Remember when I said “now I’m finally here, and I dont know what took me so long”?  Well, I lied!  I do know.  Living in NYC, and its ever evolving food scene can make you forget about good ole’ boring steakhouses rather quickly.  Especially those classic, old fashioned ones, where the waiters are over 60 and the clientele is even older.  The same fine dry aged cuts can nowadays be found in [name any Italian, American French, Portuguese, your uncle Bob, you name it restaurant].  Not to mention the many modern steakhouses like the fine, Z-List winner Bowery Meat Company in the East Village.  But American Cut feels like a steakhouse like no other.  Perhaps the perfect kind for those looking for that classic American steakhouse experience.American Cut

At the great risk of sounding like a Yelp review…  From the moment we entered until the moment we left, with Hungarian Damian Lewis taking good care of the four of us during, its was pretty flawless.  Long time EWZ historians will tell you that its a tough feat, as I always, I mean always find a flaw, or four.  It was just about the opposite of our recent experience at the meat experts at Quality Italian in Midtown where the flaws just kept coming and coming like erectile dysfunction commercials.  Perhaps a testament to eating in the heart of Midtown vs residential Tribeca.  American Cut felt unique.  Like old and new New York  rolled into one.  Comfortable, elegant, fun, theatrical, attentive, unfussy, with a great menu that delivers.  Flawless!

Biscuits – I’ve had worst bread that I paid for than this complimentary beauties.  Everything Seasoned, extra large biscuits with room temperature (key) buttery veggie cream Cheese.  Its the Scarpetta affect (owned by same group) where you in danger of losing yourself and your appetite during the bread course.  Save some for the saladAmerican Cut Biscuits

Caesar Salad – Excellent.  Prepared table side, old fashioned by your waiter, with eggs and croutons.  A fine rendition.  And if there was ever a time and place to order the Caesar, it’s hereAmerican Cut Caesar Salad

Octopus – Expertly cooked octopus, with marcona almonds, nutty romesco sauce, and celery for some reason.  Solid starter nonetheless

Latkes – This was a side that we elected to have a starter.  A very respectable version that would make any Jewish mother proud.  That’s perhaps the best compliment I can give to latkes.  A “bissel” heavy so be carefulAmerican Cut Octopus American Cut Latkes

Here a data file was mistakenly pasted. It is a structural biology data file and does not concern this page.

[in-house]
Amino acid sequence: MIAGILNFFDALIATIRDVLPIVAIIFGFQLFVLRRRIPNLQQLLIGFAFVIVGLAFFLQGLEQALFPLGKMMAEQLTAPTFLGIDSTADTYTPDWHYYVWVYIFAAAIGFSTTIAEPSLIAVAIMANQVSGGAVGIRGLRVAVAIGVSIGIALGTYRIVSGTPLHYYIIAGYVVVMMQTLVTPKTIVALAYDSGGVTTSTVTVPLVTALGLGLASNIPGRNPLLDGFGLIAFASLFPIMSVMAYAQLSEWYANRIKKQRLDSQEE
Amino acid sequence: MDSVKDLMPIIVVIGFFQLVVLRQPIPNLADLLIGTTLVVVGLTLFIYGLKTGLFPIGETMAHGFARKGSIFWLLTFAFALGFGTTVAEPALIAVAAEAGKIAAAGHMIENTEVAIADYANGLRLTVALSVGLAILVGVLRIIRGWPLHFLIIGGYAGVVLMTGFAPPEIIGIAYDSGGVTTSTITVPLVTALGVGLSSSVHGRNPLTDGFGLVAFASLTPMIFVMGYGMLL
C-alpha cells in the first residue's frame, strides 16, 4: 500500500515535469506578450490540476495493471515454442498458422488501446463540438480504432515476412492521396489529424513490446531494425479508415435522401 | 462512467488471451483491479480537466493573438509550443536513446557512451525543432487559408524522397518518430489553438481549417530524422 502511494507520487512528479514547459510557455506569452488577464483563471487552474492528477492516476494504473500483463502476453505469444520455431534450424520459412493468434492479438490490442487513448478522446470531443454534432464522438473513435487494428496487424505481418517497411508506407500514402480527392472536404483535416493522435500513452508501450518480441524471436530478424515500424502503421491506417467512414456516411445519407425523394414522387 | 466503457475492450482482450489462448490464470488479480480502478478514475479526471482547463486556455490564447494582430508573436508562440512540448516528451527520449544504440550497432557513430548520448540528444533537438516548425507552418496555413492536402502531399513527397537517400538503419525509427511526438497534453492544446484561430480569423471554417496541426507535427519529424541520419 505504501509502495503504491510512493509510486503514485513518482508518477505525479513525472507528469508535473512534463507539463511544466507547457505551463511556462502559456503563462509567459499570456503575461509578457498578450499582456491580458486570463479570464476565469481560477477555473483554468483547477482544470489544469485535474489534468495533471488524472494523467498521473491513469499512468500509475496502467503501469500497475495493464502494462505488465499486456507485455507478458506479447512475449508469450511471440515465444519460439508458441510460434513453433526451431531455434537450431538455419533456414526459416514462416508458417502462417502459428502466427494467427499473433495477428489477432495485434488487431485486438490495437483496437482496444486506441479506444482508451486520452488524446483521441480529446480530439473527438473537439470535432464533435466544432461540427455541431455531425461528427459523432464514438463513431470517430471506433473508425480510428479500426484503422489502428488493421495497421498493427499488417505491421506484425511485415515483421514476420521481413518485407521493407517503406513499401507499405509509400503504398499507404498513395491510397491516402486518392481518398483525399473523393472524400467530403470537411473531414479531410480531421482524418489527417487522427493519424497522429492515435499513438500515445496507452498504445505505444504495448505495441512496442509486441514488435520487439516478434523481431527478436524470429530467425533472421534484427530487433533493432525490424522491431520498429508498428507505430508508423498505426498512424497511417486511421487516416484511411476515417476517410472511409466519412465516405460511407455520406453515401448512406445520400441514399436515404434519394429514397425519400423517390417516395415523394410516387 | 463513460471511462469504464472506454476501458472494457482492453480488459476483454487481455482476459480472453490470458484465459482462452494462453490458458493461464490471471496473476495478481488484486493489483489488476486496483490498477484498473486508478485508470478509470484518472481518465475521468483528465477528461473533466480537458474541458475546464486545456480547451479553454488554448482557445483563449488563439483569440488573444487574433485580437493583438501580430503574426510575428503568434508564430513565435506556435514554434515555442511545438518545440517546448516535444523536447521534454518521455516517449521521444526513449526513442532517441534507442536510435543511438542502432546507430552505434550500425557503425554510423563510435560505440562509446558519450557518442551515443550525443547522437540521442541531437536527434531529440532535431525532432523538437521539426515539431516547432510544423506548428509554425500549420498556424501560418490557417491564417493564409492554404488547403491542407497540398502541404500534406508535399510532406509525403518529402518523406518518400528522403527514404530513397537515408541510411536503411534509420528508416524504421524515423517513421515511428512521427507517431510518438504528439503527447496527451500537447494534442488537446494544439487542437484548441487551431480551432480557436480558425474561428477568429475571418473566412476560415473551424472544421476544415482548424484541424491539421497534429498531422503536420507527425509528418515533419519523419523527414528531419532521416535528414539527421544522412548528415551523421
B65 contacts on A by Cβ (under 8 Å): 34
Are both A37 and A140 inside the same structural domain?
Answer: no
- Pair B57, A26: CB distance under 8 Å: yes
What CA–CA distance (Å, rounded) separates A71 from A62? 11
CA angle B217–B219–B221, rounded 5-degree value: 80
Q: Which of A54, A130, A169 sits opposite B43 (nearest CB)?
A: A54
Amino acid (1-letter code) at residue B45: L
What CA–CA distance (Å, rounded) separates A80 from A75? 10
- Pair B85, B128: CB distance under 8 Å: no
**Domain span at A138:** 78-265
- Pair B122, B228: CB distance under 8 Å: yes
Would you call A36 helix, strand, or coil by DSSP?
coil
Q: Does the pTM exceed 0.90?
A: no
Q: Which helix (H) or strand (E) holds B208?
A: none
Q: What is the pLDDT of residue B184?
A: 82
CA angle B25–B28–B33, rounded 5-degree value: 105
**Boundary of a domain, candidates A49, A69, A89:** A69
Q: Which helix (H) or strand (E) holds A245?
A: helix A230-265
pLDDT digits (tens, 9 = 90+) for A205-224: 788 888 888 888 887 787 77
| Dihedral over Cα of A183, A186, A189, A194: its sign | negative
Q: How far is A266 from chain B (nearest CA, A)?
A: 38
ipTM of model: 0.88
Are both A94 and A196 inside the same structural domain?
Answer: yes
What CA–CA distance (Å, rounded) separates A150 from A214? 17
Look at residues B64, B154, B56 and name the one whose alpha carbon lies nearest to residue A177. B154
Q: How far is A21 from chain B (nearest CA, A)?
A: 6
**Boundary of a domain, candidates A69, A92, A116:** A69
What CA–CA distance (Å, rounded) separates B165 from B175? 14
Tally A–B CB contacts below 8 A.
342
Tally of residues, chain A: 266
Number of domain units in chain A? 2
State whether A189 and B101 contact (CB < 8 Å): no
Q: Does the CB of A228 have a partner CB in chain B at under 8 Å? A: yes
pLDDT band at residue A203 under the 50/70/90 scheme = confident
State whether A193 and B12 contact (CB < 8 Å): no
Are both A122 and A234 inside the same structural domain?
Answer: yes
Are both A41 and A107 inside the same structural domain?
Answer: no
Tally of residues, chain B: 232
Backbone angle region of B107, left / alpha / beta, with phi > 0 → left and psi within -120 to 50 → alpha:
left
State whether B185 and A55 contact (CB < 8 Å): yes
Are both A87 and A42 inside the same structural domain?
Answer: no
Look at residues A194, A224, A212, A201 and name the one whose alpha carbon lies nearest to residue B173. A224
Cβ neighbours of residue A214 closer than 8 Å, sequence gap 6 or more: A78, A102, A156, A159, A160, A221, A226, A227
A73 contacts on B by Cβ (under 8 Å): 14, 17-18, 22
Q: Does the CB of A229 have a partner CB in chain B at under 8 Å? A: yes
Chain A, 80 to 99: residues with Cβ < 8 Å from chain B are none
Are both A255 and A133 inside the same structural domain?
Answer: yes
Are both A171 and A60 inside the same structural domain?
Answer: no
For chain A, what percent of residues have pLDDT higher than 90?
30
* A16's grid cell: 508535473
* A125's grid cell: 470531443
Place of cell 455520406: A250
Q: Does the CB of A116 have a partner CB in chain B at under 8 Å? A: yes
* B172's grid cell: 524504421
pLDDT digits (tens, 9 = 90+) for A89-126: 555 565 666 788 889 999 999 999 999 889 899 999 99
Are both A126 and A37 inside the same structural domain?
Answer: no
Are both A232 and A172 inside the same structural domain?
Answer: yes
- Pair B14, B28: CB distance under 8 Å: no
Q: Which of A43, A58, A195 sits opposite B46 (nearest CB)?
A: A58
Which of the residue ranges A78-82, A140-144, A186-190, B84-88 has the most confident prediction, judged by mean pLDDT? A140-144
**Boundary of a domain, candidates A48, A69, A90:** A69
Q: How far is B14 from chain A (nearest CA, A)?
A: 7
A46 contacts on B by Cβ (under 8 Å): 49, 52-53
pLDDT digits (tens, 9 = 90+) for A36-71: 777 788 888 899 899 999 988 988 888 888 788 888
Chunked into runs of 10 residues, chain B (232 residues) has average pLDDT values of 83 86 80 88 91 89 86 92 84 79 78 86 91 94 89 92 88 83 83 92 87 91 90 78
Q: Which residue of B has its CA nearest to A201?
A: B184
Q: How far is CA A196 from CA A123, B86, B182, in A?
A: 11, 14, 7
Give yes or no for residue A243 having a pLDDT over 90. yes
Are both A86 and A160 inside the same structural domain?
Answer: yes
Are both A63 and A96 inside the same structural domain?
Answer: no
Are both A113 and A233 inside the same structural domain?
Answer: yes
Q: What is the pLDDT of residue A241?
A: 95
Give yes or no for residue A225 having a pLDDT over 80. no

The New York City Cut – The somewhat confusingly named signature dish.  Its not a NY Strip, but a 20 oz bone-in rib eye, 30 day dry aged, rubbed with Pastrami spices.  The spices aren’t as overwhelming as one might expect.  Nor the layer of mustard seeds sitting underneath that just gives it a little more tang.  Its a nicely marbled, high quality cut that couldn’t be cooked any more perfect.  As I mentioned we already had this at half sister Khe-Yo nearby as a special.  It was slightly different (without the mustard seeds) but with similar results.  We ordered two of those babies.American Cut Rib eye
Sides – This is where I feel American Cut separates itself from the rest.  In addition to the Latkes, you got some very impressive sides here that makes ordering a little difficult.  That’s one reason you should order the latkes or something else a starter.  Unless we just hit the jackpot with the creamy, bacony “Dry Aged” thin sliced Potatoes, and the banging Brussel Sprouts infused with that spicy Khe-Yo Bang Bang sauce.American Cut Potato
Dessert – The Crackerjack ice cream with popcorn ice cream is the undeniable crowd favorite here, but what stole the show for us was the AC Carbomb, chocolate bread pudding with boozy Jameson Butterscotch, bananas, and Guinness Ice Cream.  As I said, flawless
American Cut Steakhouse Tribeca
363 Greenwich St
$$$$
Recommended Dishes: All of the above
American Cut Bread Pudding
Categories: New York City, TriBeCa | Tags: , , , , , , | 2 Comments